• To entrench yourself in the market
  • To withdraw from the market place

Possible strategic objectives:

  • Sales objectives
  • Number of clients won
  • Profit or margin objectives
  • Share of the market
  • Penetrate into new areas
  • Penetrate into new market segments
  • Positioning objectives
  • Launching new products
  • Withdrawing products from the market place

Now the objectives of the business are identified you need to look at the marketing mix, these are the four elements that are at the heart of marketing: product, price, distribution, and promotion.

Product

There are three types of product decisions that can be made:

  • Create a new product
  • Modify a current product
  • Withdraw a product

These decisions need to based on gaps in the current market, gaps in other markets and short fallings of the competition.

Price

The most common pricing objectives are as follows:

  • To obtain profit on the capital invested
  • To obtain profit on sales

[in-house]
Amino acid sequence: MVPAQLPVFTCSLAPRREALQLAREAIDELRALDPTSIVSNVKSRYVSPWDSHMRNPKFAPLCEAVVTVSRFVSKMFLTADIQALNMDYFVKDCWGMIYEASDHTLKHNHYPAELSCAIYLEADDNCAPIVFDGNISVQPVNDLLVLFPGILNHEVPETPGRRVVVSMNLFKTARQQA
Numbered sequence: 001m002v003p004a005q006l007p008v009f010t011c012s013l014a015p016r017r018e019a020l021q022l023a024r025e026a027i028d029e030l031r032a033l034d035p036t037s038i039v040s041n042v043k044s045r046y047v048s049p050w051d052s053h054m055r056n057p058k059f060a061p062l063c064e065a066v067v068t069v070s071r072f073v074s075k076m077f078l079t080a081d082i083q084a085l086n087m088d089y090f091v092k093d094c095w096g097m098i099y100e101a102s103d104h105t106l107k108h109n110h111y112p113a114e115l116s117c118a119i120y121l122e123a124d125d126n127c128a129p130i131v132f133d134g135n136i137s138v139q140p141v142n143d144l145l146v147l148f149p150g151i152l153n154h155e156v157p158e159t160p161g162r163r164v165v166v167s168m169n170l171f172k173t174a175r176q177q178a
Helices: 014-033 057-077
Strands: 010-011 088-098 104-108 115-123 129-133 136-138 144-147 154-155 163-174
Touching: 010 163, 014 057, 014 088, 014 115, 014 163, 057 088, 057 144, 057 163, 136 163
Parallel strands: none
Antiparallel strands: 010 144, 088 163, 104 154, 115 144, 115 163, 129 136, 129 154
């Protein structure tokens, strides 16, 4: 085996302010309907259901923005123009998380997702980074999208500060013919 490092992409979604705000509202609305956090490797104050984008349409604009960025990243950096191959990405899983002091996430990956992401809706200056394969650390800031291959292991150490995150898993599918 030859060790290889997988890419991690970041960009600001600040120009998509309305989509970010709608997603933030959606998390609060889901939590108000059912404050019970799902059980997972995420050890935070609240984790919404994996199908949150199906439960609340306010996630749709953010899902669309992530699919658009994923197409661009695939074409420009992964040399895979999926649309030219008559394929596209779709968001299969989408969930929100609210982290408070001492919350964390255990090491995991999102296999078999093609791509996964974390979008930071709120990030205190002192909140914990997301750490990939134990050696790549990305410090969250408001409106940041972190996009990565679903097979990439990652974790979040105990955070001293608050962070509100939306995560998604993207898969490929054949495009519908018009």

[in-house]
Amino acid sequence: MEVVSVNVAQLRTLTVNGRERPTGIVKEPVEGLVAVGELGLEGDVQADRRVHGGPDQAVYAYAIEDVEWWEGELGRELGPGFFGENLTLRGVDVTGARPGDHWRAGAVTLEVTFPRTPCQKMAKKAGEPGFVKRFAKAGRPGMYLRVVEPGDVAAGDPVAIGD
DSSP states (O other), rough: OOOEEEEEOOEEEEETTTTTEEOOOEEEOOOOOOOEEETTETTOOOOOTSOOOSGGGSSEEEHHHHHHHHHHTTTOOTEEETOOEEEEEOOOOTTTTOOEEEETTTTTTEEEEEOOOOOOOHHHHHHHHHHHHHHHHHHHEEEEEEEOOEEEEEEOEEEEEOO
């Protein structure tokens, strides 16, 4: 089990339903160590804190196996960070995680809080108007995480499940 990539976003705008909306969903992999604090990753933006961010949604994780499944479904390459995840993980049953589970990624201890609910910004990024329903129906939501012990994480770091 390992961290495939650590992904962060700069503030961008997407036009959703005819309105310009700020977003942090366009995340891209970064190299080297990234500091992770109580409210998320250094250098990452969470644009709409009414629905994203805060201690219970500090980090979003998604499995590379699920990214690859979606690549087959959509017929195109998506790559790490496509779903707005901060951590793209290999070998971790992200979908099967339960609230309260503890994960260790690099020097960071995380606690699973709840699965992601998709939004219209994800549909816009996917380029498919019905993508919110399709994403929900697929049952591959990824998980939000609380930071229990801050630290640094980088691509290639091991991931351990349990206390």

• To gain a share of the market

There are basically three price strategies:

  • Pricing low for penetration
  • Price to match the competition
  • High pricing

These pricing strategies can be applied:

  • Generically across all products
  • With each line of products having a different pricing structure
  • With each product priced independently
  • By geographical area

Distribution

Distribution is the movement of merchandise from the place of production to the end consumer and all the processes in between.

All products that you sell can be sold in the same way or can be split by product or line of products, different market segments may be better served in different ways or different geographical regions may be better covered through different channels.

The distribution channel allows the business access to a market, to transport and sell products to the consumer; there are two routes to reach the customer:

  • Direct sales. From manufacturer direct to the end consumer.
  • Via resellers. Through agents, wholesale or retail.

Direct sales

Direct sales can be executed via the telephone, through your web page, via sales people visiting customers, by mail or through your high-street outlet or office.

Agents

Agents organize distribution to the end consumer through wholesale and retail. They will normally offer further services to aid this process including:

  • Transport
  • Sales promotion
  • A sales team
  • Accounts facilities
  • Giving credit to clients
  • Giving advise on the sector

Distributors